Cheney’s speech articulated the Bush administration’s position on surveillance issues in anticipation of the imminent expiration of the Protect America Act, a temporary surveillance bill that was enacted in response to a ruling from the secretive Foreign Intelligence Surveillance Court (FISC) that reportedly reined in intelligence-gathering activity. The Protect America Act broadly expanded federal surveillance power and eliminated many requirements for judicial oversight, making it possible for the executive branch and some of its direct subordinates to authorize warrantless interception of communications between people “reasonably believed to be outside the United States.”
Cheney framed this policy as an effort to modernize the FISA process and is calling for Congress to make permanent those provisions of the Protect America Act. Cheney also asserts that domestic telecommunications service providers who cooperate with government requests for information should be granted legal immunity for their potentially unlawful behavior.
“First, our administration feels strongly that an updated FISA law should be made permanent, not merely extended again with another sunset provision. We can always revisit a law that’s on the books—that’s part of the job of the elected branches of government. But there is no sound reason to pass critical legislation like the Protect American Act and slap an expiration date on it. Fighting the war on terror is a long-term enterprise that requires long-term, institutional changes. The challenge to the country has not expired over the last six months. It won’t expire any time soon—and we should not write laws that pretend otherwise,” said Cheney during his speech. “Second, the law should uphold an important principle: that those who assist the government in tracking terrorists should not be punished with lawsuits. We’re asking Congress to update FISA and especially to extend this protection to communications providers alleged to have given such assistance any time after September 11th, 2001. This is an important consideration, because some providers are facing dozens of lawsuits right now. Why? Because they are believed to have aided the U.S. government in the effort to intercept international communications of al Qaeda-related individuals.”
Critics of the government surveillance program note that telecom involvement in warrantless wiretapping likely violates section 222 of the Communications Act, which prohibits disclosure or provision of access to customer network information. The legality of the program, however, is in dispute because the FCC has declined to investigate, the telecom companies have refused to disclose information about the program to Congress, and the FISC ruling regarding the legality of the program is classified and remains a guarded secret.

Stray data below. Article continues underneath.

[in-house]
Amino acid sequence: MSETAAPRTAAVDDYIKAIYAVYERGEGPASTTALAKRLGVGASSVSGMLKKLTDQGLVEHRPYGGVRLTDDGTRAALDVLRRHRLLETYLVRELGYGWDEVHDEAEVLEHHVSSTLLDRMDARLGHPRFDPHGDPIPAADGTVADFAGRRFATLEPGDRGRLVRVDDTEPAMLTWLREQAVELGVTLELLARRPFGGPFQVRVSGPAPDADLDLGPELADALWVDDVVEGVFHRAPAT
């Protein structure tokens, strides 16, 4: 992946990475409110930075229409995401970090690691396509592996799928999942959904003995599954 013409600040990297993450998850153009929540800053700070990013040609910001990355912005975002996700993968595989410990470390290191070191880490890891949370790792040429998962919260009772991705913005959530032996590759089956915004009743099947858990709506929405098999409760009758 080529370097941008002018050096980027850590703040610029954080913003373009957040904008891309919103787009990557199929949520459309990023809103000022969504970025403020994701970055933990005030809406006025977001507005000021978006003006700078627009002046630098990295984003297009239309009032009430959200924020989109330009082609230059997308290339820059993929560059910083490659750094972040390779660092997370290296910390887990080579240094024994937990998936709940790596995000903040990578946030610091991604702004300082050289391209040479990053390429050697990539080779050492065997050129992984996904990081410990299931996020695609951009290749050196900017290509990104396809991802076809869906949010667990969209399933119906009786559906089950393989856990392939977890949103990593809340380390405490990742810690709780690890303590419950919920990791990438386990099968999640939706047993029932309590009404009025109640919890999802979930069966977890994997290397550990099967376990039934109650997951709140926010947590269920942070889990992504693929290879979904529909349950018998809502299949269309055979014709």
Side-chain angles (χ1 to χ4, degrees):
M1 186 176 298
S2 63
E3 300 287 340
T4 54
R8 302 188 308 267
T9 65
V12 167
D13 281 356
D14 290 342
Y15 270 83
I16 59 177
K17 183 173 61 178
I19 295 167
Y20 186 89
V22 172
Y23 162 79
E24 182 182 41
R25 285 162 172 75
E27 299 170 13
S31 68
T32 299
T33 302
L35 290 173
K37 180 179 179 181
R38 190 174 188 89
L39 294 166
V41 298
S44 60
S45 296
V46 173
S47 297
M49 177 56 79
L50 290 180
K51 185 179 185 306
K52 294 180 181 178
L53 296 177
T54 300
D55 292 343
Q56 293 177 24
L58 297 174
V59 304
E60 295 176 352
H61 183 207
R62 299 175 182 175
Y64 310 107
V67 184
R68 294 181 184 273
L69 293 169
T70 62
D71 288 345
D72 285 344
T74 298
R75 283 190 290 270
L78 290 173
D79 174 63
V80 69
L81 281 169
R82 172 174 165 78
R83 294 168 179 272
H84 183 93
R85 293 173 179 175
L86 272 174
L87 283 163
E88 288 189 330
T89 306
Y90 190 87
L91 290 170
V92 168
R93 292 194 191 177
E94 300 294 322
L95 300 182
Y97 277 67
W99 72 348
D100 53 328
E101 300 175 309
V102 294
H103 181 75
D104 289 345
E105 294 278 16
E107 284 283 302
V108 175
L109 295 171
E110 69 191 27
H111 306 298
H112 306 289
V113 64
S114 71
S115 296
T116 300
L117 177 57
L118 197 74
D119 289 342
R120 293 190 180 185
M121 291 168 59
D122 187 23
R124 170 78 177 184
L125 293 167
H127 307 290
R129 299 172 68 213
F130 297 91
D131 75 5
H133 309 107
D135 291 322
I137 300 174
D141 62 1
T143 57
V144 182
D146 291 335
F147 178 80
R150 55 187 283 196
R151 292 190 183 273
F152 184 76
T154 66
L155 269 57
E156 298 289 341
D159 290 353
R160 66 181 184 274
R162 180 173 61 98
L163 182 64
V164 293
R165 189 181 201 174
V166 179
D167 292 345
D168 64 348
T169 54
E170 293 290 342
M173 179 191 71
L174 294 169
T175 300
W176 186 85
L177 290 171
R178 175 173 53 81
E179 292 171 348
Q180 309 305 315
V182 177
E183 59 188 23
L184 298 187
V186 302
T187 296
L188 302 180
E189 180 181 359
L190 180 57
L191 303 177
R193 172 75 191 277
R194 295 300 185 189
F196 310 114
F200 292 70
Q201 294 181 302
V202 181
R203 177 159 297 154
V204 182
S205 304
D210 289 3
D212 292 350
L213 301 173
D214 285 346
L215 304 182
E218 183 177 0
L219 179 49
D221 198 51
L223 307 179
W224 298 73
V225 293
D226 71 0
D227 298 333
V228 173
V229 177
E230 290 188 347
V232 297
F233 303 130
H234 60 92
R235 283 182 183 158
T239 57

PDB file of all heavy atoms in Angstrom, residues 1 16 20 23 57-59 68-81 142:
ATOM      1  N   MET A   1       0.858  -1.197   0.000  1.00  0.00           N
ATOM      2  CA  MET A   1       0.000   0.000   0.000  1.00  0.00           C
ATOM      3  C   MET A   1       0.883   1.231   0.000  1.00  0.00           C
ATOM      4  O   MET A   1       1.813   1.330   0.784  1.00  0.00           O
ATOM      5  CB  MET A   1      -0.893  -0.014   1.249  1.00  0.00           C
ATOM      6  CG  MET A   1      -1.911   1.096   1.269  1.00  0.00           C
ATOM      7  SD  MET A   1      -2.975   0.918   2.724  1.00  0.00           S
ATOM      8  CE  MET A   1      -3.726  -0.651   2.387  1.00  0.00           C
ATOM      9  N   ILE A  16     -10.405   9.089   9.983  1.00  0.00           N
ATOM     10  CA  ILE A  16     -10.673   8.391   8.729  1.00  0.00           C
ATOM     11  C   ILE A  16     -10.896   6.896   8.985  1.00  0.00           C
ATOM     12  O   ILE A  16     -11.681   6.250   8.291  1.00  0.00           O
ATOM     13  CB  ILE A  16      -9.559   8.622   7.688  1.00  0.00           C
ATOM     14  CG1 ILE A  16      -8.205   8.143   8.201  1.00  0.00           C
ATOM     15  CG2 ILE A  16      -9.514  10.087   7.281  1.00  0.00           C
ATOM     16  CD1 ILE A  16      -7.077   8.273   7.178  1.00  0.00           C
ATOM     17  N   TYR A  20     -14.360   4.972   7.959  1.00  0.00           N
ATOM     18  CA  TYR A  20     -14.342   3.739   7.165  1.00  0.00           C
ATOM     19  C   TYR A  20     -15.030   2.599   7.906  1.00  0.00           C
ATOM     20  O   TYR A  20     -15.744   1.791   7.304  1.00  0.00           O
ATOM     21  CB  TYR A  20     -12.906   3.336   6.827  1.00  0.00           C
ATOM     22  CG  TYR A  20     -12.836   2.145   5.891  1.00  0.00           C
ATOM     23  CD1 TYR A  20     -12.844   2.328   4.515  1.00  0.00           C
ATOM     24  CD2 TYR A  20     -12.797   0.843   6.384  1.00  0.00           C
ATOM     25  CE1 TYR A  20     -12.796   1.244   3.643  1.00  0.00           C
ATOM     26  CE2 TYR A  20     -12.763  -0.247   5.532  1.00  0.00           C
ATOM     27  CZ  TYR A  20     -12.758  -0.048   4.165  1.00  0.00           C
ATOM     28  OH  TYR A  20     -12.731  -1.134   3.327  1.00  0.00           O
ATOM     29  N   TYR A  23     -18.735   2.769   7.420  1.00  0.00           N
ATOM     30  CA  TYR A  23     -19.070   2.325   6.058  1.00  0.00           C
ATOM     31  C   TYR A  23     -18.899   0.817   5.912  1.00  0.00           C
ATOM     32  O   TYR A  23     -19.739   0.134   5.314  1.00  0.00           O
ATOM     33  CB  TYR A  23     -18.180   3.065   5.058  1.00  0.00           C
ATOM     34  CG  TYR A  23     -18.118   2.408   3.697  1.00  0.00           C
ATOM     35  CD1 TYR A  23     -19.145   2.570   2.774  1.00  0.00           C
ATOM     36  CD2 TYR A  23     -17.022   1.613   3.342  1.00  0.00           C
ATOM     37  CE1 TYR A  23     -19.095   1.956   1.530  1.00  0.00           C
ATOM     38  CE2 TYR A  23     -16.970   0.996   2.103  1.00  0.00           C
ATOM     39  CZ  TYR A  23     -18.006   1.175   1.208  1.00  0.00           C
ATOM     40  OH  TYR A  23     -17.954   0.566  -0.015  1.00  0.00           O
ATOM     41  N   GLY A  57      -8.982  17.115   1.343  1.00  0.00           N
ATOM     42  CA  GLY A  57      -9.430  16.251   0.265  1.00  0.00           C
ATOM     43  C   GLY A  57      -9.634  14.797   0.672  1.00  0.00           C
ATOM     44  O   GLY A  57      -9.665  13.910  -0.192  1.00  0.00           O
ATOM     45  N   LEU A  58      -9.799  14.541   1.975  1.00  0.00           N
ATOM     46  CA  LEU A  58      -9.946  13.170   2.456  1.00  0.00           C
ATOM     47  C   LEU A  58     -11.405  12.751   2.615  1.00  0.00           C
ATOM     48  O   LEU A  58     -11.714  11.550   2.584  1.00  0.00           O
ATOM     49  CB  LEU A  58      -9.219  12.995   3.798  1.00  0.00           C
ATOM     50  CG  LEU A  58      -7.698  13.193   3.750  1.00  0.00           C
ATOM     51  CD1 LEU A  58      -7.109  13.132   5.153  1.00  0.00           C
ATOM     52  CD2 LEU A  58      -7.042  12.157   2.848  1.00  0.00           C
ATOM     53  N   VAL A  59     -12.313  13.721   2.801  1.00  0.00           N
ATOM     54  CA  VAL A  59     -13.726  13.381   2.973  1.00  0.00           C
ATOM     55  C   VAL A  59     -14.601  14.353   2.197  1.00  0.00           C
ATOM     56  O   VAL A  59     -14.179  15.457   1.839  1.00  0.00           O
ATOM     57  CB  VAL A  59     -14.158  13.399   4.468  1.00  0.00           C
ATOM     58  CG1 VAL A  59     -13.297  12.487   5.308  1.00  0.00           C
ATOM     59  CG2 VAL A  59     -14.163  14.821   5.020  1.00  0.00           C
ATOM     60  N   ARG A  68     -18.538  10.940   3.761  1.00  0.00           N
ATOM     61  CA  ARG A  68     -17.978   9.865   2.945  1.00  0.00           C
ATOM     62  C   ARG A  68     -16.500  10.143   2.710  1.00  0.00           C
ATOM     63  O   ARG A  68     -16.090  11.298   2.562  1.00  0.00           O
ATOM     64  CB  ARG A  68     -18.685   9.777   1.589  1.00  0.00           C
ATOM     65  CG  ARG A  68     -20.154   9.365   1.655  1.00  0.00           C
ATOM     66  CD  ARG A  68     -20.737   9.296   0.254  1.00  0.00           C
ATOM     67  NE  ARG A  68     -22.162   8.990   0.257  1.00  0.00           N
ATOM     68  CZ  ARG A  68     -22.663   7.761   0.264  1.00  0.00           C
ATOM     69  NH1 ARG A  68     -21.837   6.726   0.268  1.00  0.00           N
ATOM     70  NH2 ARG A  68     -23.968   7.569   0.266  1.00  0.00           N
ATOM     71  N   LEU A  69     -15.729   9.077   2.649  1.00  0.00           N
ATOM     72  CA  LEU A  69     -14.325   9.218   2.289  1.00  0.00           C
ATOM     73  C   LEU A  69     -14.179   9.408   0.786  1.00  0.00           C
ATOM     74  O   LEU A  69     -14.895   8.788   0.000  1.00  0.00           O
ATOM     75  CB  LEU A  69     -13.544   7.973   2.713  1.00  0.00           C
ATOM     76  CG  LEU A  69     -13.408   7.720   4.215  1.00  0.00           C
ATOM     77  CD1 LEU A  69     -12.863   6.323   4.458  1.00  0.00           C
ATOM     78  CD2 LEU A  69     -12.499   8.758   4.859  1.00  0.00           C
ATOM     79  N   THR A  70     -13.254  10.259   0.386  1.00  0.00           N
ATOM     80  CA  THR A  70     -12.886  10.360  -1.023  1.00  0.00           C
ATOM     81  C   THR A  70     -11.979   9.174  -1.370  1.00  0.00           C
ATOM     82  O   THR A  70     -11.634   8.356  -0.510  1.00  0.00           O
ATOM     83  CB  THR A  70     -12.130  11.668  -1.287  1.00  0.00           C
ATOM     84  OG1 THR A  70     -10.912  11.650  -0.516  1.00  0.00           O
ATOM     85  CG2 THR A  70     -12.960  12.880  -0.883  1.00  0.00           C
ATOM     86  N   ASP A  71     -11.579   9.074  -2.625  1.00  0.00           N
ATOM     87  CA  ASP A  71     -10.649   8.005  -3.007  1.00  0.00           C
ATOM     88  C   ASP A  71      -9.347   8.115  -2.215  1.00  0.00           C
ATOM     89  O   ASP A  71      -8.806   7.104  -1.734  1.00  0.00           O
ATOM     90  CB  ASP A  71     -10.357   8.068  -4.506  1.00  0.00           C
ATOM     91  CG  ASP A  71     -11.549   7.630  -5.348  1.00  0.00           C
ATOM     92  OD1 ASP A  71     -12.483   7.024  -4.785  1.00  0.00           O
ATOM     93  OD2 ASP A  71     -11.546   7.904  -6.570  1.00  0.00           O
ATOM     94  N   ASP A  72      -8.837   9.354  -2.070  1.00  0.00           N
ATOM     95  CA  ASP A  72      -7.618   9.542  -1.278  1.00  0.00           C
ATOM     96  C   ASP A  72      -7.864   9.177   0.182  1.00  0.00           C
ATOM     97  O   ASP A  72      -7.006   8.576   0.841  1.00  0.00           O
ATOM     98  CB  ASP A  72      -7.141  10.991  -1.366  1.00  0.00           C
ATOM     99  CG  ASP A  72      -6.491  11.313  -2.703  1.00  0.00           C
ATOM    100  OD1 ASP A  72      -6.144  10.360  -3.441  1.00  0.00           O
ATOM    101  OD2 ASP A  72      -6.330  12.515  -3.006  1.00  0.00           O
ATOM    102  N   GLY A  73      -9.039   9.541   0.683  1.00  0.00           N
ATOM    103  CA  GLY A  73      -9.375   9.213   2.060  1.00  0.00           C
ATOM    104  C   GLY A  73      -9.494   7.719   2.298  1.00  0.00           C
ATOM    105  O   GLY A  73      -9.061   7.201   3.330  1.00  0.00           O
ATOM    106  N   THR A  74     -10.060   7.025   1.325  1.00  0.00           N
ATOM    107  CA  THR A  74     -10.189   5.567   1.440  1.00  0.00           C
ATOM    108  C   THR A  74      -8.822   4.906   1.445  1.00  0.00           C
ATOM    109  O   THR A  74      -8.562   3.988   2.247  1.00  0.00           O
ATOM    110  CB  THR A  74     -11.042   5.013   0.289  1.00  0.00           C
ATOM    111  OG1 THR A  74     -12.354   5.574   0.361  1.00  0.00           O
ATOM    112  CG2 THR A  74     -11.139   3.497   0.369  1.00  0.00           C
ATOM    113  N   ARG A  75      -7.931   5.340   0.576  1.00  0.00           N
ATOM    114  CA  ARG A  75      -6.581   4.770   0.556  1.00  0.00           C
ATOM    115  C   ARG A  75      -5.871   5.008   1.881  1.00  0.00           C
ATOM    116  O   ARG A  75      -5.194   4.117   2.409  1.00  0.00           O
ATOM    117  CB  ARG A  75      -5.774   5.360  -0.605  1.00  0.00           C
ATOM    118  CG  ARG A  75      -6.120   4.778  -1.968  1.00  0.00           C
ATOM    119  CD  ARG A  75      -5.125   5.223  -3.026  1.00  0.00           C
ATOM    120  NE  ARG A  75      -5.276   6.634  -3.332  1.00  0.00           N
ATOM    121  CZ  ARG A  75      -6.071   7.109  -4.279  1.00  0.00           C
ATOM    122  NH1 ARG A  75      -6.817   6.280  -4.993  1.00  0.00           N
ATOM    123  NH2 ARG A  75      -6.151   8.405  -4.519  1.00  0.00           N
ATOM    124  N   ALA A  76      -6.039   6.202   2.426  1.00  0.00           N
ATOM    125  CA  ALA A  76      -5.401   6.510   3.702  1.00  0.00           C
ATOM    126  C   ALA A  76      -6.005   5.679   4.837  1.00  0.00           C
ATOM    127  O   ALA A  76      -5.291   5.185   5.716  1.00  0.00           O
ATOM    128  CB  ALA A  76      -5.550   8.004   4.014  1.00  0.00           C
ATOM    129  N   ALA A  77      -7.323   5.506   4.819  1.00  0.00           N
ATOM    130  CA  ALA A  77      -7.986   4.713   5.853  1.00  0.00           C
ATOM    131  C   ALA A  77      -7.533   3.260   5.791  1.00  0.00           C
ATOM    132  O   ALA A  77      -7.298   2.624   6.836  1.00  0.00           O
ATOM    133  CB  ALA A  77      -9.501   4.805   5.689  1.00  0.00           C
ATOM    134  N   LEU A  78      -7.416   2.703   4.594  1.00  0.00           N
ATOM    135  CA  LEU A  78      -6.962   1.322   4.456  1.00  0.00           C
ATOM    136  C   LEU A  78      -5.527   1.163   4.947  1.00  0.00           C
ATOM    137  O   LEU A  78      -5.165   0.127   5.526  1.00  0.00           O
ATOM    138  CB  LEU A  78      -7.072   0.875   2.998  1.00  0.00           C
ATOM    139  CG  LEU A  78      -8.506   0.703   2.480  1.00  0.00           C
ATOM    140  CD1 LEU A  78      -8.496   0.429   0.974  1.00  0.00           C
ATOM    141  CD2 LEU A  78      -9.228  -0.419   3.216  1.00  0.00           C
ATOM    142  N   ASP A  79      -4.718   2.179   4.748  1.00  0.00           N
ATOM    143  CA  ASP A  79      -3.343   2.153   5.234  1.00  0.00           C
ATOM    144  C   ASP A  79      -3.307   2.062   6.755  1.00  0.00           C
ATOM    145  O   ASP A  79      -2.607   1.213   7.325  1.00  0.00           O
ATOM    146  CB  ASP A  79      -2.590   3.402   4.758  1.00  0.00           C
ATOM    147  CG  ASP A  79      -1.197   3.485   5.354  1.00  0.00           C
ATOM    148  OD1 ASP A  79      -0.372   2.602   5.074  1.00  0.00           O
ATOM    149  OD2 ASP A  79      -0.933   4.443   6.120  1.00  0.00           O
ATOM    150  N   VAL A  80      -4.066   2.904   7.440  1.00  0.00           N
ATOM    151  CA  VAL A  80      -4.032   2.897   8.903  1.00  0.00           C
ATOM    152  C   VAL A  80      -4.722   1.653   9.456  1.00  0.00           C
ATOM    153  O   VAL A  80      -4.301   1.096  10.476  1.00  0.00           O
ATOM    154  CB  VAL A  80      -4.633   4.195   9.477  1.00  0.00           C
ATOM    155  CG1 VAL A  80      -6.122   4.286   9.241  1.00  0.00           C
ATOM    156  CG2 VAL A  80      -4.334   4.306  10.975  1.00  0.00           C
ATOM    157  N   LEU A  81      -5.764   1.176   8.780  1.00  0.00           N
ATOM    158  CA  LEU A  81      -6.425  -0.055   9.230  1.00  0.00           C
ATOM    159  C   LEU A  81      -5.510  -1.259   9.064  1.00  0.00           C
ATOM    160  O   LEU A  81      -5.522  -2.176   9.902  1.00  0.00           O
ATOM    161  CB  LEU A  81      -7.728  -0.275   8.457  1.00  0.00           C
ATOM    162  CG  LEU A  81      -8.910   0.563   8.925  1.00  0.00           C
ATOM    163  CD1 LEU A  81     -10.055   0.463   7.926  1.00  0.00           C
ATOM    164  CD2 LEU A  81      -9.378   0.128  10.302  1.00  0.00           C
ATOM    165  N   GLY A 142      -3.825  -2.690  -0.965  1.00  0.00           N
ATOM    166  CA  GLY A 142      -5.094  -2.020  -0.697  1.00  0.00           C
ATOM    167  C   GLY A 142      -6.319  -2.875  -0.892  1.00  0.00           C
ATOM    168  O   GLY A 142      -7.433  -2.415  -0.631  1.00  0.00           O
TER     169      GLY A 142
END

The Bush administration has demanded retroactive immunity grants for the telecom companies and has threatened to veto any surveillance bills that do not include said provisions. The telecoms themselves have also been vigorously lobbying for immunity. There are allegations that the telecom companies have attempted to use political leverage to obtain the immunity grants, but the veracity of those allegations cannot be evaluated yet because the DoJ has—in clear violation of the Freedom of Information Act—been stonewalling the EFF’s formal requests for information regarding interaction between telecoms and politicians.
Concerns have been expressed by critics that the kind of surveillance made possible by the Protect America Act is only the beginning and that basic privacy rights will be further eroded as the government continues to push the boundaries of law. Indeed, Cheney also passingly endorses a proposal made by intelligence chief Mick McConnell that reaches far beyond the current FISA dispute and would enable the government to intercept virtually all network traffic in the United States, an unprecedented level of surveillance.
In light of consistent abuses of basic surveillance powers granted to federal law enforcement agencies, it’s not a stretch to believe that more secretive surveillance programs would also be rife with abuse in the absence of more direct transparency and oversight.